• reasonable cost and schedule estimates have been developed to execute, with the concurrence of the Director of Cost Assessment and Program Evaluation (CAPE), the product development and production plan under the program;
    • funding is available to execute the product development and production plan under the program, through the period covered by the future-years defense program submitted during the fiscal year in which the certification is made, consistent with the estimates described for the program; and
  2. The MDA has received the results of the Preliminary Design Review (PDR) and conducted a formal post-preliminary design review assessment, and certify on the basis of such assessment that the program demonstrates a high likelihood of accomplishing its intended mission; and
  3. The MDA certifies that:
    • appropriate Market Research has been conducted prior to technology development to reduce duplication of existing technology and products:
    • the DoD has completed an Analysis of Alternatives (AoA) with respect to the program;
    • the Joint Requirements Oversight Council has accomplished its duties with respect to the program pursuant to section 181(b) of Title 10 United States Code, including an analysis of the Operational Requirements for the program;
    • the technology in the program has been demonstrated in a relevant environment as determined by the Milestone Decision Authority (MDA) on the basis of an independent review and assessment by the director of Defense Research and Engineering; and the program complies with all relevant policies, regulations, and directives of the DoD.

 

AcqLinks and References:

Updated: 4/09/2018

Acquisition Process

Milestone Overview

 

Milestones are a point in time where a recommendation is made to the Milestone Decision Authority (MDA) about starting or continuing an acquisition program into the next Acquisition Phase.  The milestones and Milestone Requirements are established by DoD Instruction 5000.02 “Operation of the Defense Acquisition System”. The milestones are represented by triangles (Δ) with the letters A, B, or C inside them in the figure below.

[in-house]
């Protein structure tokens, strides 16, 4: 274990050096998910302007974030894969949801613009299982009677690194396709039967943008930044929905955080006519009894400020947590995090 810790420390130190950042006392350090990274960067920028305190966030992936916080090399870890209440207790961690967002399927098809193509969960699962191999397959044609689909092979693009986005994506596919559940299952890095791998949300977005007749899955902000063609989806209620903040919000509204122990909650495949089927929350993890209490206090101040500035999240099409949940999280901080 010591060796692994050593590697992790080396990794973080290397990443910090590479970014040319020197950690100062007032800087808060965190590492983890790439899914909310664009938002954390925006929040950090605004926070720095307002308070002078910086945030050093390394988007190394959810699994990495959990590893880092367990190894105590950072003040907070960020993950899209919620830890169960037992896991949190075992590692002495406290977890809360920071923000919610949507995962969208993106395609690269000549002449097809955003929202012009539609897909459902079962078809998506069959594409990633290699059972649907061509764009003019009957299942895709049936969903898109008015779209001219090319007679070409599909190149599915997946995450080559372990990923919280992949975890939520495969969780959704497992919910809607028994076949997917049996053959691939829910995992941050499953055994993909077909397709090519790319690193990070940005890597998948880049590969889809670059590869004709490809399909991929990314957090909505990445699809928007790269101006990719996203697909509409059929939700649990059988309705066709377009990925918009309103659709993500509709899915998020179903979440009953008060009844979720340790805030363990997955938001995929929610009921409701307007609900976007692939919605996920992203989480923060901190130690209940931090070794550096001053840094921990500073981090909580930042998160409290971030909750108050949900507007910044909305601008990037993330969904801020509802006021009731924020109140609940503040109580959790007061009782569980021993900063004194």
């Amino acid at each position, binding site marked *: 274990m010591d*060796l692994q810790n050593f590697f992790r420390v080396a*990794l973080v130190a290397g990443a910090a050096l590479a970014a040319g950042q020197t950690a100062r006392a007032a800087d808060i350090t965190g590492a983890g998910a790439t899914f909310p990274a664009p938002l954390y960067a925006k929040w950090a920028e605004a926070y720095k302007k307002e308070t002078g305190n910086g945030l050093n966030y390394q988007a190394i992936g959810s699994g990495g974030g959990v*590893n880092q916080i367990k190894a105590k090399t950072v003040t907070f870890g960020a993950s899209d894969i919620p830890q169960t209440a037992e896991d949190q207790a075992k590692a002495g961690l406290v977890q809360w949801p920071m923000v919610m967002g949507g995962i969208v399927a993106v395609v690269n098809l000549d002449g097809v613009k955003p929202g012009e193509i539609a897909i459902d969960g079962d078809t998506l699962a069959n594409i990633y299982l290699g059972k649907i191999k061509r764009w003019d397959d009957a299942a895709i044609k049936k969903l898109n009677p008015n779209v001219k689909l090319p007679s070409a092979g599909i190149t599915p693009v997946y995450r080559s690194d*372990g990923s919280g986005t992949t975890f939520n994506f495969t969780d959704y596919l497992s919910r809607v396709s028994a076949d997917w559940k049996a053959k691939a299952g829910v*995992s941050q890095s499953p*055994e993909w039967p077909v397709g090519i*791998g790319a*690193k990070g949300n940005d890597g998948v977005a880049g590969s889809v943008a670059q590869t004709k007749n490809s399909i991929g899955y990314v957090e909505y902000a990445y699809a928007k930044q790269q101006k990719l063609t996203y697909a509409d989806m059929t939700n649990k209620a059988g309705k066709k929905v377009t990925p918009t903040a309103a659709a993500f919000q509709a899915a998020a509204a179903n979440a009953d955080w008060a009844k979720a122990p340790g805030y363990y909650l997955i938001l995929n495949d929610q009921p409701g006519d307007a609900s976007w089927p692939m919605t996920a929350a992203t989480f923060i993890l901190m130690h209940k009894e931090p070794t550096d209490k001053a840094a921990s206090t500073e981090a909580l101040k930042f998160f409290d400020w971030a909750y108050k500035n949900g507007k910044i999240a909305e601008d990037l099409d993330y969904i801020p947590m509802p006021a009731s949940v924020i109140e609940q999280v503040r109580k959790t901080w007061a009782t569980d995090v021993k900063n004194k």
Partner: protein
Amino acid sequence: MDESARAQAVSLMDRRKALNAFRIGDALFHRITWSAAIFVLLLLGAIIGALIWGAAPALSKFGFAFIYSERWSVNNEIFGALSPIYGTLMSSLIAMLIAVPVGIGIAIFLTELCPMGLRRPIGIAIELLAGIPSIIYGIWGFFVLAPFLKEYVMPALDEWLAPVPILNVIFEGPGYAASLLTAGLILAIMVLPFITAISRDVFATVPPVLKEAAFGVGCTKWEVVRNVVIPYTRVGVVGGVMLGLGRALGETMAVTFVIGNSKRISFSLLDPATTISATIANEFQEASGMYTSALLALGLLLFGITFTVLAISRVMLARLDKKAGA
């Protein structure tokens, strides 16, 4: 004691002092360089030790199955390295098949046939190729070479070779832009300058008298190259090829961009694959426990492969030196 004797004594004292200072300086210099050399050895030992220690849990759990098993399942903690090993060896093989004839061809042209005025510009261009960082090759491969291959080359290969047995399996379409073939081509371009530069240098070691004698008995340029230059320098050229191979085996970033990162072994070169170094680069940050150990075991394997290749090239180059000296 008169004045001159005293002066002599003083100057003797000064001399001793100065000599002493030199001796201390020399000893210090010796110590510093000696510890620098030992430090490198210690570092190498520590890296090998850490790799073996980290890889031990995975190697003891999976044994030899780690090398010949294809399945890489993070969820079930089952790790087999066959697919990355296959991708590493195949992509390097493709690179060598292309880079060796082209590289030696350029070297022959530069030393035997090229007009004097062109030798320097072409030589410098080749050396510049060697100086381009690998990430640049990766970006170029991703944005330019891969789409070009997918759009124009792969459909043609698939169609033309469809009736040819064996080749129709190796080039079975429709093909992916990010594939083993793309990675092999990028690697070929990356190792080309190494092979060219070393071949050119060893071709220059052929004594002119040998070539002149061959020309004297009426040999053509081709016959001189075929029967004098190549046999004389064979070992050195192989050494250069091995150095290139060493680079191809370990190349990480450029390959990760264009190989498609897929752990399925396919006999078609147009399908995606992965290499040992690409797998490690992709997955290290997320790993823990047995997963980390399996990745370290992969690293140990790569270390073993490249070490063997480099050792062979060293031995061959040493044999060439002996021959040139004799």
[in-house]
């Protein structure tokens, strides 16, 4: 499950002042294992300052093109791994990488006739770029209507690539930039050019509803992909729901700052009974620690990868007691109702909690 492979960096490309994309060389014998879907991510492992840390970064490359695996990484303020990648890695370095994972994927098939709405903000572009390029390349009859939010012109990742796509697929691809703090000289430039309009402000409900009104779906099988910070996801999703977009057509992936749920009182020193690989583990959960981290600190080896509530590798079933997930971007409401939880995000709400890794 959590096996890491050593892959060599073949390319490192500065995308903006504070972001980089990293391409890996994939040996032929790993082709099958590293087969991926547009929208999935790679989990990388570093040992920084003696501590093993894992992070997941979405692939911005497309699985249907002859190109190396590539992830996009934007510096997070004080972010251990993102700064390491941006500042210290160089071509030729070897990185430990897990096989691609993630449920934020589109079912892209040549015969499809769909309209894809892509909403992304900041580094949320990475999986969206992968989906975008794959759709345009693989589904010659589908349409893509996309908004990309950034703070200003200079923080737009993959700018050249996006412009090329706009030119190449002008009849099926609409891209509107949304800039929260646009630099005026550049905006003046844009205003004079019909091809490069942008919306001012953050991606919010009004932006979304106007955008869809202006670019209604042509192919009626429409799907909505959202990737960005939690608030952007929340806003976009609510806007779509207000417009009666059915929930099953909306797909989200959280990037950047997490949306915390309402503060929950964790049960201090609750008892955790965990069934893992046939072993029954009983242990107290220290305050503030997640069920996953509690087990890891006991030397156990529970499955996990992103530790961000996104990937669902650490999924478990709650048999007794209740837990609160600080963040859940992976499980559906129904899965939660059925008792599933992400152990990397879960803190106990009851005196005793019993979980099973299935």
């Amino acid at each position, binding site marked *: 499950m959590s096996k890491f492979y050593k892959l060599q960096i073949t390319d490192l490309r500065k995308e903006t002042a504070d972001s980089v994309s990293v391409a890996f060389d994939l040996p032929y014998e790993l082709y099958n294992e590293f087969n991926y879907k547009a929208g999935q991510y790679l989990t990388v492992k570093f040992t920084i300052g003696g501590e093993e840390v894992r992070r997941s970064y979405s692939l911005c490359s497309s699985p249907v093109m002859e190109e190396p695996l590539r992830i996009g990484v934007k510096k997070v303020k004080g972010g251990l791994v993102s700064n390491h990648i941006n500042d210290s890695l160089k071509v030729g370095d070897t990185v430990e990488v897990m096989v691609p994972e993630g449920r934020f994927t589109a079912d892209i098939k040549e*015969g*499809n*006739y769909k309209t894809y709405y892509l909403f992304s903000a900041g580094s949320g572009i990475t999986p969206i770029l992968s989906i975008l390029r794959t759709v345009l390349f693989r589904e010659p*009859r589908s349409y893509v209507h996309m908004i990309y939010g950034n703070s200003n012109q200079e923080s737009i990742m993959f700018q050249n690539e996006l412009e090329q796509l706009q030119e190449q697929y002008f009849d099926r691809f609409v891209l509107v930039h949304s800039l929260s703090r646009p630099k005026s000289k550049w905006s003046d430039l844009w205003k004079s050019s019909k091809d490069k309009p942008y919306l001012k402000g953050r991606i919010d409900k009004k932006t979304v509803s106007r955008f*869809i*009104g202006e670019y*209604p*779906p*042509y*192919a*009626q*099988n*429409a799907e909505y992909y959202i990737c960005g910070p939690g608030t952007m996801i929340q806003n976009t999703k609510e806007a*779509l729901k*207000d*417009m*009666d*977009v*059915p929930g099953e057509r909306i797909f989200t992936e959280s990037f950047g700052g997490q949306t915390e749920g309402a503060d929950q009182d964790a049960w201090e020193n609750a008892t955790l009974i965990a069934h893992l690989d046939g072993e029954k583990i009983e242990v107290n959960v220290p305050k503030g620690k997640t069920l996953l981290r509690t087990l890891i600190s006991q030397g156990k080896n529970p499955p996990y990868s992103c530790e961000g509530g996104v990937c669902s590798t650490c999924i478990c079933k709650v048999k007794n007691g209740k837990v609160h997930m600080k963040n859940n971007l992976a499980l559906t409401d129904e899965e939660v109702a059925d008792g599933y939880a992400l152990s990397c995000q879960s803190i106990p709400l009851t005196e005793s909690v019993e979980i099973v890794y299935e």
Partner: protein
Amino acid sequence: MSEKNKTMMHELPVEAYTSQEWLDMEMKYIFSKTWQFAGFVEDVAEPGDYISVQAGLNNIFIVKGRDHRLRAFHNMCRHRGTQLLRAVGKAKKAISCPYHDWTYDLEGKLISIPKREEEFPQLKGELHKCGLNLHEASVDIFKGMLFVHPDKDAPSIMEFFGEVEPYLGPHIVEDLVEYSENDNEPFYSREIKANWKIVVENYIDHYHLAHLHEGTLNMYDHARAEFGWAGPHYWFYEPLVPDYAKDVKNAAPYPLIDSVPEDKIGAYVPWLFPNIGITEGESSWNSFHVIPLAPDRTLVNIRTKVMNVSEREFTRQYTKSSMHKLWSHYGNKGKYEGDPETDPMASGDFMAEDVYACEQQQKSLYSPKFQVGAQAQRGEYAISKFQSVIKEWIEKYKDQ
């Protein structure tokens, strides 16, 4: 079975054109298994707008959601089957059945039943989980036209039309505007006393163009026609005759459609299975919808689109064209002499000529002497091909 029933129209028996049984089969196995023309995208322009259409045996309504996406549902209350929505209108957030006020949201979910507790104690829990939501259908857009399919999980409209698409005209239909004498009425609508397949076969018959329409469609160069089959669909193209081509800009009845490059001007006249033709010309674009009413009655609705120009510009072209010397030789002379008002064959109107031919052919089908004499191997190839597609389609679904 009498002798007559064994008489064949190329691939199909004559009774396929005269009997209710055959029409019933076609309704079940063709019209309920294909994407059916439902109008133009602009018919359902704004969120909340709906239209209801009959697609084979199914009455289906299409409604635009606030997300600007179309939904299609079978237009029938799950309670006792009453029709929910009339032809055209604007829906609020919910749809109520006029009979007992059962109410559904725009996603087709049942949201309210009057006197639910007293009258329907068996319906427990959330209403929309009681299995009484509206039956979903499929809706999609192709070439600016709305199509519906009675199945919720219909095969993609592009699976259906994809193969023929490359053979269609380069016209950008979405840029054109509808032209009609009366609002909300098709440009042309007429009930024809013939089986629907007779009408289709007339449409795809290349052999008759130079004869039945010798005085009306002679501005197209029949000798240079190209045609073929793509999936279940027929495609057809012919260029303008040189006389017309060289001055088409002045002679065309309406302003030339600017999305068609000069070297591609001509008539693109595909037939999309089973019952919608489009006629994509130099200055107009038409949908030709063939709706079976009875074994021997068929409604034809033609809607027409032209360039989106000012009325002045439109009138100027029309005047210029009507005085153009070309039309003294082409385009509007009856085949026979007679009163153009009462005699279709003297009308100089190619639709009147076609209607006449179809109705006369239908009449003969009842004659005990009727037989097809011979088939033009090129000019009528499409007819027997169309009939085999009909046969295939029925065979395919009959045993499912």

Acquisition System

 View: Milestone Requirements Matrix


Milestone A
The goal of Milestone A (MS A) is to determine if a program has met all its exit requirements of the Materiel Solutions Analysis (MSA) Phase to proceed into Technology Maturation & Risk Reduction (TD) Phase.  The Exit Criteria are determined by the MDA and the Acquisition Category (ACAT) level.  A few of the common requirements are:

 

Milestone B
The goal of Milestone B (MS B) is to determine if a program has met all its exit requirements of the Technology Maturation & Risk Reduction (TD) Phase to proceed into the Engineering & Manufacturing Development (EMD) Phase.  The exit requirements are determined by the MDA and the ACAT level.  A few of the common requirements are:

 

Milestone C 
The goal of Milestone C (MS C) is to determine if a program has met all its Exit Criteria of the EMD Phase to proceed into Production and Deployment (PD) Phase.  The exit requirements are determined by the MDA and the ACAT level.  A few of the common requirements are:

 

AcqTips: